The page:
i ber   of   dancers   present.
•     •     •
Mrs. I.. R. Stevens entertained the
Thimble Club at her home on Fourth
.street   on   Wednesday evening.
J Commercial
; Heatlgujipurs
Rale*       J
Room* Steam Ih'iifnl
Barrister, Solicitor,
Notary Public
Main Offloo
Courtonay Phono  253
Local Office
Cumberland Hotel In Evenings
Telephone I15R or 24
rjtw Specials
7 DOZEN for  «D1.UU
3 dozen Eggs, "firsts"          $1.00
Fancy Shoulder Hams, skinned and boned,     OQ«
average 6 tbs„ per It)         DOC
Fancy Picnic Hams, 5 to 7 lbs. each, per lb  25f
Jel-Jel Jelly Powders, assorted flavors, 4 pkgs. 30<!
2-tb. Jars Orange Marmalade, each  45£
2-lb. Jars Raspberry Jam, each   55<J
2-lb. Jars Black Currant Jam, each   55£
4-lb. Tins Royal City Peach Jam, each   65tf
4-lb. tins Royal City Apricot Jam, each   85£
4-lb. tins Royal City Strawberry Jam, each 65£
4-lb. tins, Malkin's Best Marmalade  65£
Phone 38
Service and Quality
A New
In the neW-sryleWHIys-Knight model 70*B,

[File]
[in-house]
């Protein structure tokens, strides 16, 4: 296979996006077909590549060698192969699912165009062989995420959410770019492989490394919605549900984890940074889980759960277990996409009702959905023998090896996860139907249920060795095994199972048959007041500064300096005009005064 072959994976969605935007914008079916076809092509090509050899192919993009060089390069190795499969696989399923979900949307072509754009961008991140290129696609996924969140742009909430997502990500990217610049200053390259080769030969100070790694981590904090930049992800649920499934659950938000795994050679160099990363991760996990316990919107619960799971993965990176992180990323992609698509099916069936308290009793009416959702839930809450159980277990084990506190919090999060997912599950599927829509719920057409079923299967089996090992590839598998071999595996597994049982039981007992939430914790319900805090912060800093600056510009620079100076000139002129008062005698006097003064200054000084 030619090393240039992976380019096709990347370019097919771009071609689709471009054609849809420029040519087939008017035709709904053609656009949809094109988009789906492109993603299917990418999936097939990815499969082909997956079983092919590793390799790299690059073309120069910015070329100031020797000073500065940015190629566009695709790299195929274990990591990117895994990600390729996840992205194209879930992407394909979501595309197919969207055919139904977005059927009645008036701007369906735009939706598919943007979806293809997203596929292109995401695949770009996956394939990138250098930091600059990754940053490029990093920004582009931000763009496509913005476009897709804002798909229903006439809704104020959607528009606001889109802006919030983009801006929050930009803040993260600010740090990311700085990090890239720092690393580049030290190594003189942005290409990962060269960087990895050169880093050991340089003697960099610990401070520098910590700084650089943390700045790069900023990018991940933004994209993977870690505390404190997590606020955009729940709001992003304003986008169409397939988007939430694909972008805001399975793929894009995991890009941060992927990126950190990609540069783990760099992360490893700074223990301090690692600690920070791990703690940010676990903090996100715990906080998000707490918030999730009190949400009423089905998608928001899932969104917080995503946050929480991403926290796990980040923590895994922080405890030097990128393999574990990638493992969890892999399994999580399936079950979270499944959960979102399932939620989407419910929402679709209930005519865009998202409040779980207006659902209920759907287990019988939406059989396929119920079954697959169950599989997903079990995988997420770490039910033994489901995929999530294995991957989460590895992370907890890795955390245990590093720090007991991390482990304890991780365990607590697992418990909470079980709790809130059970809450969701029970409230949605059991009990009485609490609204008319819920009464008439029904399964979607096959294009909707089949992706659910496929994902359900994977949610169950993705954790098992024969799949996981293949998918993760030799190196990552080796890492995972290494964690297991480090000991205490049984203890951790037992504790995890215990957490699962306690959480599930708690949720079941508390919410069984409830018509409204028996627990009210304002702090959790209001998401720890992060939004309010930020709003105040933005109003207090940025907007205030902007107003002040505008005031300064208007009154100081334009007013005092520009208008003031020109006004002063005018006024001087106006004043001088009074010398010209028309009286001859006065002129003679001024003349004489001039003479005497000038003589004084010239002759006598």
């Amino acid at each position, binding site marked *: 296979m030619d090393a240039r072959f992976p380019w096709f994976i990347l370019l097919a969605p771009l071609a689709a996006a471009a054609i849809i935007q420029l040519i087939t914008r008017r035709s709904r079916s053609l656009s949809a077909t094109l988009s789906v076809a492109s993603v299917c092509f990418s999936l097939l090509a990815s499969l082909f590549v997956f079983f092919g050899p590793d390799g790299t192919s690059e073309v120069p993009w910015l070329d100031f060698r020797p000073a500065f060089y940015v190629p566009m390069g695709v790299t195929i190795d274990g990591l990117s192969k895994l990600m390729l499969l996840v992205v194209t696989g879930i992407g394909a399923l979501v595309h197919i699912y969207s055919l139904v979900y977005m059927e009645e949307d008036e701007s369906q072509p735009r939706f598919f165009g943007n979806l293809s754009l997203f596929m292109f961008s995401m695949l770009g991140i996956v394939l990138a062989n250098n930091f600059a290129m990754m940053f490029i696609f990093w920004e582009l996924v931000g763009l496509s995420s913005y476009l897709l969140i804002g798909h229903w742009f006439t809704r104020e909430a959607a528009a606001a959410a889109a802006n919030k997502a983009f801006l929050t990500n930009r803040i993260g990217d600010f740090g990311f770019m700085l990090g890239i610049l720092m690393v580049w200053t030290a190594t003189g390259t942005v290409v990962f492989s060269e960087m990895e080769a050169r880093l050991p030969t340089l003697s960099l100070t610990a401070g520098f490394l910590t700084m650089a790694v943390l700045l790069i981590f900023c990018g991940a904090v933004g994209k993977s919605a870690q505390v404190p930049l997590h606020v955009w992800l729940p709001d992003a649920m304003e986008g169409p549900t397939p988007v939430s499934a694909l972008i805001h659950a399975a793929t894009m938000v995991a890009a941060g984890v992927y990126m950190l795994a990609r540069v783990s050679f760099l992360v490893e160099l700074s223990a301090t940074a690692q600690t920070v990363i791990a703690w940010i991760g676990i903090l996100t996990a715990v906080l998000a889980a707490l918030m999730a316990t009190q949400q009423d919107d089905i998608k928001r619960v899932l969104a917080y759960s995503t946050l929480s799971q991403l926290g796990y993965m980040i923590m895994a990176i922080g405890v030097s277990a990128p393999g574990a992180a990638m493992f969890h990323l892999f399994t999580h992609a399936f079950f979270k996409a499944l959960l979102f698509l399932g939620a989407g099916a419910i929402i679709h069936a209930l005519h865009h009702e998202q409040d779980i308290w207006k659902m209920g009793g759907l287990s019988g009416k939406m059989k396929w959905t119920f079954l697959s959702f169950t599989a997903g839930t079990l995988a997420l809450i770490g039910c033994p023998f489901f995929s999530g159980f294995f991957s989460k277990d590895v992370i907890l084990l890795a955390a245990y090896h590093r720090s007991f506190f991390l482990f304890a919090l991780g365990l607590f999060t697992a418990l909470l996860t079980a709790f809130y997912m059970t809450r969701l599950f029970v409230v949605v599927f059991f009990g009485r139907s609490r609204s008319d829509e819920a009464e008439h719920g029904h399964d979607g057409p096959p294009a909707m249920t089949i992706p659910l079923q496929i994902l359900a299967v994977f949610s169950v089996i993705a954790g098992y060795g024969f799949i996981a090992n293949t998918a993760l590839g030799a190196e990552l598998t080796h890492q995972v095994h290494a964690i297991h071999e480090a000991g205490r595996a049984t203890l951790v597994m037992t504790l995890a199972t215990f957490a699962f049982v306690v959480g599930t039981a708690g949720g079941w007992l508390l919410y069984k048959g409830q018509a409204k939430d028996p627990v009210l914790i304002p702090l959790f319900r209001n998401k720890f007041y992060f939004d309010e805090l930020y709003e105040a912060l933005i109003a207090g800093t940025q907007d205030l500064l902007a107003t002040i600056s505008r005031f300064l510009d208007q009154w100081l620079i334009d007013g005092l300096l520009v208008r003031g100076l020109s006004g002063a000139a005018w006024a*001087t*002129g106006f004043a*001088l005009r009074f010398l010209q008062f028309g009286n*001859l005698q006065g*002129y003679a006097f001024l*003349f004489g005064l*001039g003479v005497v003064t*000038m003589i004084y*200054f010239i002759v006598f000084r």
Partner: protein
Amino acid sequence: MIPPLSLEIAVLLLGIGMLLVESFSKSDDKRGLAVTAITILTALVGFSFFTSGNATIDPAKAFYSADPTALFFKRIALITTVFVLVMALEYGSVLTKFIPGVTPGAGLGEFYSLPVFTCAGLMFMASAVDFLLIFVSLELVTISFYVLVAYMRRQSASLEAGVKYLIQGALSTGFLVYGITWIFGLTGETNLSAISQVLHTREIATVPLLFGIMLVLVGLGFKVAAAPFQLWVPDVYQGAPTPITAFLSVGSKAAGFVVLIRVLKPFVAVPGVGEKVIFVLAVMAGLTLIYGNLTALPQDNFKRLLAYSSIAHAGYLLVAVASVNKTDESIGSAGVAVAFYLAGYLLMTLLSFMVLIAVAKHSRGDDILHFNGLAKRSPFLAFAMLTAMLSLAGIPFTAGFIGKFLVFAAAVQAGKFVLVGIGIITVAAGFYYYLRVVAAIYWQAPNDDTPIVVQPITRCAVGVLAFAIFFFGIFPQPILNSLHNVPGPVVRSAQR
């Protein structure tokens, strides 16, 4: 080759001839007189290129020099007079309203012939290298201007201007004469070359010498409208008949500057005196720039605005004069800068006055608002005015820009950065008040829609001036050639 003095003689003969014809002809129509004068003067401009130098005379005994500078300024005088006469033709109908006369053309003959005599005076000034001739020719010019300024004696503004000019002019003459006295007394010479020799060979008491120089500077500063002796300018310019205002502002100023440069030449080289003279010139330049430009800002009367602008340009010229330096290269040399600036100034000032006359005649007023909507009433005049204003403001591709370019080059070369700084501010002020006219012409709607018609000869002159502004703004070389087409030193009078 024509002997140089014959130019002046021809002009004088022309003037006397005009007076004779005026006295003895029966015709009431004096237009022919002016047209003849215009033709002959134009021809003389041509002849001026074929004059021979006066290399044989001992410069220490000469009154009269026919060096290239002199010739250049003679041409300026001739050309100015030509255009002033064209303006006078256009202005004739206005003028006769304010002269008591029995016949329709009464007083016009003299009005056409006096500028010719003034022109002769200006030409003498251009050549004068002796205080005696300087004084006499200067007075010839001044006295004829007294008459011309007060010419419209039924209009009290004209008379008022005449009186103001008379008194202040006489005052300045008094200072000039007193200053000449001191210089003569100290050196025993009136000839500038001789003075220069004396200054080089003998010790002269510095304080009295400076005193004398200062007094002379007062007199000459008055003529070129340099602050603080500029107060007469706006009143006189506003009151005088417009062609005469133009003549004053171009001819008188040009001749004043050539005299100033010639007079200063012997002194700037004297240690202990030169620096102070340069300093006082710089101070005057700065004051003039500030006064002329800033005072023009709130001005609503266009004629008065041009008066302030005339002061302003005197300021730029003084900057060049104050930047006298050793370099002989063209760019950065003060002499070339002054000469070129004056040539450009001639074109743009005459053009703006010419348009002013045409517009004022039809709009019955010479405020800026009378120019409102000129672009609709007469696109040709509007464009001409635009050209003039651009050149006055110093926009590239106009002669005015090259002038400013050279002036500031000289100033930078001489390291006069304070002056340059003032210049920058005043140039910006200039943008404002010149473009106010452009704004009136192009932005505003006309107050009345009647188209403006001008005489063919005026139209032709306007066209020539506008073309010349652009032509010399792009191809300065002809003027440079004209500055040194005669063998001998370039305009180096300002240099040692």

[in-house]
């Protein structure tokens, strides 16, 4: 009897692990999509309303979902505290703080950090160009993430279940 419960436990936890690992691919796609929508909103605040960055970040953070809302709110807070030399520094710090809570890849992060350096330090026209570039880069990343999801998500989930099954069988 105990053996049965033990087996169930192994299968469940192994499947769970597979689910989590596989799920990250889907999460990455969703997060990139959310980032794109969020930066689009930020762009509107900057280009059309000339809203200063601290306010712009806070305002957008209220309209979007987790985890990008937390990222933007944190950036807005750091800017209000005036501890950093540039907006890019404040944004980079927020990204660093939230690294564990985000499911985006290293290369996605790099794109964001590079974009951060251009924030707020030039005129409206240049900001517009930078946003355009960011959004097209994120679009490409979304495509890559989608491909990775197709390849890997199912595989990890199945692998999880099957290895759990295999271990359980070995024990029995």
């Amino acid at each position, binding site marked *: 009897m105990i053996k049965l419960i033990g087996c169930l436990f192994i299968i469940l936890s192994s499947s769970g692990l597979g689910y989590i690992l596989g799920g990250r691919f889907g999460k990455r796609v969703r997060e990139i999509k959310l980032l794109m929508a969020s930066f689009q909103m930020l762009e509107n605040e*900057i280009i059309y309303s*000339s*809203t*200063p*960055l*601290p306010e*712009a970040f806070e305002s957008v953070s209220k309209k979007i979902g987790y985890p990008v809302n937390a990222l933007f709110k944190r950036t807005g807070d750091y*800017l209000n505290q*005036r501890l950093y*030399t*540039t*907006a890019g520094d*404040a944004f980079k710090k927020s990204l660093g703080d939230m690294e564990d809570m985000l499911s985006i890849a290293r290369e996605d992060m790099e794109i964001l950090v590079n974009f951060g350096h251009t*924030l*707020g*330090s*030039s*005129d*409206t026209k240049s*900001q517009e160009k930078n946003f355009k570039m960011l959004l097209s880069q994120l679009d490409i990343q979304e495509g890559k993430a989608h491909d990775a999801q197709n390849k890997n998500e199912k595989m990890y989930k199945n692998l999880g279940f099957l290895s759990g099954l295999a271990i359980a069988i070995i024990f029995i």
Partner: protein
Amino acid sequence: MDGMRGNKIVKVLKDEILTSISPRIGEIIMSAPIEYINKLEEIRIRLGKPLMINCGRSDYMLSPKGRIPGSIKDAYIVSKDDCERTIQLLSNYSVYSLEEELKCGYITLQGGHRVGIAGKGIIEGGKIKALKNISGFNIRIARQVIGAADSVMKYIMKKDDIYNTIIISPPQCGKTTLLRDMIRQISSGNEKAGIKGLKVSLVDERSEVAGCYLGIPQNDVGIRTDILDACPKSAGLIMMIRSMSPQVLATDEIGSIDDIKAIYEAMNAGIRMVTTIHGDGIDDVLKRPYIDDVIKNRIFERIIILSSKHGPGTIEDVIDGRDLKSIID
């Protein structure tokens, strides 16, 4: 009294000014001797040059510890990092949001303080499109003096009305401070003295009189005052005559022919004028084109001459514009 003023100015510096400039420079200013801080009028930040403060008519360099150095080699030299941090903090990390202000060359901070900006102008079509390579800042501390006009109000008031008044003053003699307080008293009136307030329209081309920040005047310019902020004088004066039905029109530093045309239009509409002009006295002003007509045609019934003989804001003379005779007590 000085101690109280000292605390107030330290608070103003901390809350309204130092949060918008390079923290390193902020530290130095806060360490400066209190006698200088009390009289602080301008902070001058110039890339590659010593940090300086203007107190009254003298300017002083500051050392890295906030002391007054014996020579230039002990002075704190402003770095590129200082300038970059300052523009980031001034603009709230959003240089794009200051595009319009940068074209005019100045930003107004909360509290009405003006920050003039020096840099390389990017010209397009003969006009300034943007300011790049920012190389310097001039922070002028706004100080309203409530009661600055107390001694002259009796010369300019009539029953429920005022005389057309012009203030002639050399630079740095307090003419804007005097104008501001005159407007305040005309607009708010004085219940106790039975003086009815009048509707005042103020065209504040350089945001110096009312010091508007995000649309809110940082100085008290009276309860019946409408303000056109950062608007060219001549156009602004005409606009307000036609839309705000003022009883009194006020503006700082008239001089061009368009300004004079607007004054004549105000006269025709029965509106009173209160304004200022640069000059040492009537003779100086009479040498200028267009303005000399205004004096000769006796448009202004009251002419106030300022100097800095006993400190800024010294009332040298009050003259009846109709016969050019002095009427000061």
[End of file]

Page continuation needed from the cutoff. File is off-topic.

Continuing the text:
WilIy**Overland presents the outstanding
creation of today's m\ le specialists!
luxurious Interiors.   '1 be newly designed
radiator is higher and more graceful)   lull-
crown fenders and smartly shaped lamps
complete this de*luxeensemble.
"Finger-TipControl" ii another remarkable
feature. A single button in the centre of the
ktcurinjf wheel starts the motor, controls
the lights and sounds tho burn.
The ncW'Stytc Willys-Knight is the laruest
nnd mosl powerful Knight*engined car ever
offered] at so low a price.  It meets the de-
iiut'uls of addition.il thousands who h;ivc
always wanted riu -ill- ■. imoothnessi surging